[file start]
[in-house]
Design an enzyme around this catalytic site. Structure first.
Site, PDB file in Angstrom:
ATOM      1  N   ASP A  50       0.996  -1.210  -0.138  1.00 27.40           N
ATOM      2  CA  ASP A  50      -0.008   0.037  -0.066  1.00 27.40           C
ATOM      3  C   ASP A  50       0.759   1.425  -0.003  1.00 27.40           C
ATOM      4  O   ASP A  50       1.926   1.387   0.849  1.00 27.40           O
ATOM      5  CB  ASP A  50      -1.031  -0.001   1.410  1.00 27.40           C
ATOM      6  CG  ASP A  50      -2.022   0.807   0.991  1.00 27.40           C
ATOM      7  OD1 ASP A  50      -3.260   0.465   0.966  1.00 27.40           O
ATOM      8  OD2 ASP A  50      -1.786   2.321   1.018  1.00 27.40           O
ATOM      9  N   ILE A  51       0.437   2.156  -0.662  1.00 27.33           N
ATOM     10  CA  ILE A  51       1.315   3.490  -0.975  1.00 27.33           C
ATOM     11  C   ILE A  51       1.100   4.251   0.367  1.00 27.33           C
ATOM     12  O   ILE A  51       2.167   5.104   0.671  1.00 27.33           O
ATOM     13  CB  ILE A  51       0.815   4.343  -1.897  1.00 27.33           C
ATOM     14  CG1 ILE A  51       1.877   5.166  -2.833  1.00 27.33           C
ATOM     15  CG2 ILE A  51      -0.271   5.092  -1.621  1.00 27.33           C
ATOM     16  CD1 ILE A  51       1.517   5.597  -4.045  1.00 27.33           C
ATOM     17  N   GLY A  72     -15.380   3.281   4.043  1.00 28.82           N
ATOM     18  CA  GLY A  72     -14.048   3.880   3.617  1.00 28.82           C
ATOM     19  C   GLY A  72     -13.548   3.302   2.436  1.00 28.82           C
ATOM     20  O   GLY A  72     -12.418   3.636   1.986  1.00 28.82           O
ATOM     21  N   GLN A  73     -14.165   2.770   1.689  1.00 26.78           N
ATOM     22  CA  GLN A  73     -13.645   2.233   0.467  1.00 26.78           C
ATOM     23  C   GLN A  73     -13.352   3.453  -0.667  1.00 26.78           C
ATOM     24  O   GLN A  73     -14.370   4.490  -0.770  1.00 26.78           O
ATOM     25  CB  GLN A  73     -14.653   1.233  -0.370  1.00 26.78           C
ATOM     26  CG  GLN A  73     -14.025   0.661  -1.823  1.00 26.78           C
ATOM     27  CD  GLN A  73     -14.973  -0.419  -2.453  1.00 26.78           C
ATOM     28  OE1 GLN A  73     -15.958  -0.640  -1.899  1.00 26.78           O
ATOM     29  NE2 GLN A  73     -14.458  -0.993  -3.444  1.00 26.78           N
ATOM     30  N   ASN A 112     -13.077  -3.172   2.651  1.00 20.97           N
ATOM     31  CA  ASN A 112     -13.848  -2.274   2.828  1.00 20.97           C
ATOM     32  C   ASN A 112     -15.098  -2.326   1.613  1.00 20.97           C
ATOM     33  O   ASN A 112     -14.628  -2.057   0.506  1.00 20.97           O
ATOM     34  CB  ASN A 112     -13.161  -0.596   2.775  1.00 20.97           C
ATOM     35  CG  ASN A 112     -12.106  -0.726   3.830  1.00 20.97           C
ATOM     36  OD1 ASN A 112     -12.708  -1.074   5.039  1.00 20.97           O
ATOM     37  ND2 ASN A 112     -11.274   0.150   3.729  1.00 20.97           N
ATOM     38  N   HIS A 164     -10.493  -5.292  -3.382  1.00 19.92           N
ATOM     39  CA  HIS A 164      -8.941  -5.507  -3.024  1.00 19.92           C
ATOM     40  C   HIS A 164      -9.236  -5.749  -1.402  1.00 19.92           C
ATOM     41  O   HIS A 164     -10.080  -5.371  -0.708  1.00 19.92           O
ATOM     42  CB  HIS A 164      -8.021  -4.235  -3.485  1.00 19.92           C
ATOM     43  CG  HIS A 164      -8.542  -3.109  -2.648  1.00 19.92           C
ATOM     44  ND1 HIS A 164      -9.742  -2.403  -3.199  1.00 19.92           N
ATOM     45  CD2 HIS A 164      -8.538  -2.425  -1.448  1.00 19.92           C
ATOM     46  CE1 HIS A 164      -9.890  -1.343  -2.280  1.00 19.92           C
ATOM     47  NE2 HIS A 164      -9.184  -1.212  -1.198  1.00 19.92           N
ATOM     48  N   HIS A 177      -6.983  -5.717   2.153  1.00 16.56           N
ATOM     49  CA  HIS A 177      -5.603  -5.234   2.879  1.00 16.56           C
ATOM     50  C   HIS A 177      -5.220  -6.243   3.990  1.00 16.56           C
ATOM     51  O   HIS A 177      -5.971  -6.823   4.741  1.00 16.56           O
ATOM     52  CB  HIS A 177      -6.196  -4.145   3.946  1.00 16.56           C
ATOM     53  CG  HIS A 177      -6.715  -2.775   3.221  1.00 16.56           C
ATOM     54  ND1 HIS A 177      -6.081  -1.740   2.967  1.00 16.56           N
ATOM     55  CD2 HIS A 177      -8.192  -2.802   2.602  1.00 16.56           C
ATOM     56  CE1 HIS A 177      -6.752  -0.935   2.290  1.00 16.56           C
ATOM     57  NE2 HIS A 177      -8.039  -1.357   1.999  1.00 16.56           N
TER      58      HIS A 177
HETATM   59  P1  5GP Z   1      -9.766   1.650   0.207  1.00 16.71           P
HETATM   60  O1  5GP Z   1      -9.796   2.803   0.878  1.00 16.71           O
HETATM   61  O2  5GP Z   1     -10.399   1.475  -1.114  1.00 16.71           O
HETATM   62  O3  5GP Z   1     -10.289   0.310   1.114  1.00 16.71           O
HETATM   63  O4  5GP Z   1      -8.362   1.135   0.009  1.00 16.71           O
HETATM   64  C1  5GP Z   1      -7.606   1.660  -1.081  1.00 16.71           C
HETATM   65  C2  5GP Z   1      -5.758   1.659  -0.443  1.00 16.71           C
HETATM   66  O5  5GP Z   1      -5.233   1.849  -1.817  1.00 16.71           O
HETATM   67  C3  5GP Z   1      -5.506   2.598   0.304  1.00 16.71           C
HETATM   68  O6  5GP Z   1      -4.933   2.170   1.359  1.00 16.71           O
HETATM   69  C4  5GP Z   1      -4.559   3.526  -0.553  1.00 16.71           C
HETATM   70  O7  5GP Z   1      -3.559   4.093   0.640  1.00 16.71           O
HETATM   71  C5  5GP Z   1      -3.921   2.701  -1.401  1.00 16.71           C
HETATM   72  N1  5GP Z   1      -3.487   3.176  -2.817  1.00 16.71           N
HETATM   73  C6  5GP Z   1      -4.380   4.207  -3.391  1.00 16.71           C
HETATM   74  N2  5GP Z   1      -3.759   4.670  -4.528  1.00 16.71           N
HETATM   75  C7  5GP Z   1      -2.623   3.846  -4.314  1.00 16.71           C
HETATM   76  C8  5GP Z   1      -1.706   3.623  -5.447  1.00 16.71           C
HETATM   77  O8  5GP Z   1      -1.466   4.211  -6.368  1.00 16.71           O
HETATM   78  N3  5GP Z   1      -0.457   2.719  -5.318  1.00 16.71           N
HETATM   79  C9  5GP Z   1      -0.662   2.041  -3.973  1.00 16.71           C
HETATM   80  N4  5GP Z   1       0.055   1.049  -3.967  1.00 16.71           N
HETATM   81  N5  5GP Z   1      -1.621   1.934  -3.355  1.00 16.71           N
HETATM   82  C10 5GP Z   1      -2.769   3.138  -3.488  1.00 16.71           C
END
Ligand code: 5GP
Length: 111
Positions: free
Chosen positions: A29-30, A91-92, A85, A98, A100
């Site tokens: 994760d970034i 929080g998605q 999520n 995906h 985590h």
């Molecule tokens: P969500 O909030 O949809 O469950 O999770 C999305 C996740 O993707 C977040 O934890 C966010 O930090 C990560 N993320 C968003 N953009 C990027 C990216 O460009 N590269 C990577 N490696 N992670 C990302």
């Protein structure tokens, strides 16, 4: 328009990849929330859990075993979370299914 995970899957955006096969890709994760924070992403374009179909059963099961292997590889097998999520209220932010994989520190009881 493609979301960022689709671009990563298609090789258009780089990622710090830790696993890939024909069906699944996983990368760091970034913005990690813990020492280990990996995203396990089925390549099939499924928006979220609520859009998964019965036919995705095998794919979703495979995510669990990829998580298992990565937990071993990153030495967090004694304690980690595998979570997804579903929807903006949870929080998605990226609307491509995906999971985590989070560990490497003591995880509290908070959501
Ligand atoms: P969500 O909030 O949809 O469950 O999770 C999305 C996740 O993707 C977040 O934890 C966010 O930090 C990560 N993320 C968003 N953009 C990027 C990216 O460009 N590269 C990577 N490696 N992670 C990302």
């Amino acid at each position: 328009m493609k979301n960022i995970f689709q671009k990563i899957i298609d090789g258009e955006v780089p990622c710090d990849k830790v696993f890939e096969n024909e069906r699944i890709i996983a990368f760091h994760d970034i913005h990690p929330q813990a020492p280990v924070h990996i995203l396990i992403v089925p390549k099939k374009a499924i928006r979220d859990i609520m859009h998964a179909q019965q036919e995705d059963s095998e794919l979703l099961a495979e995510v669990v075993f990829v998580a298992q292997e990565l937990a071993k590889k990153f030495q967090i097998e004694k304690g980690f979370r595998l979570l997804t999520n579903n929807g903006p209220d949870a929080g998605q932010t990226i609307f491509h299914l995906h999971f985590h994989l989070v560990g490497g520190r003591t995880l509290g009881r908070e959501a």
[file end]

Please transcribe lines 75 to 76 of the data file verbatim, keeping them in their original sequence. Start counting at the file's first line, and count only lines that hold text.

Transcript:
HETATM   72  N1  5GP Z   1      -3.487   3.176  -2.817  1.00 16.71           N
HETATM   73  C6  5GP Z   1      -4.380   4.207  -3.391  1.00 16.71           C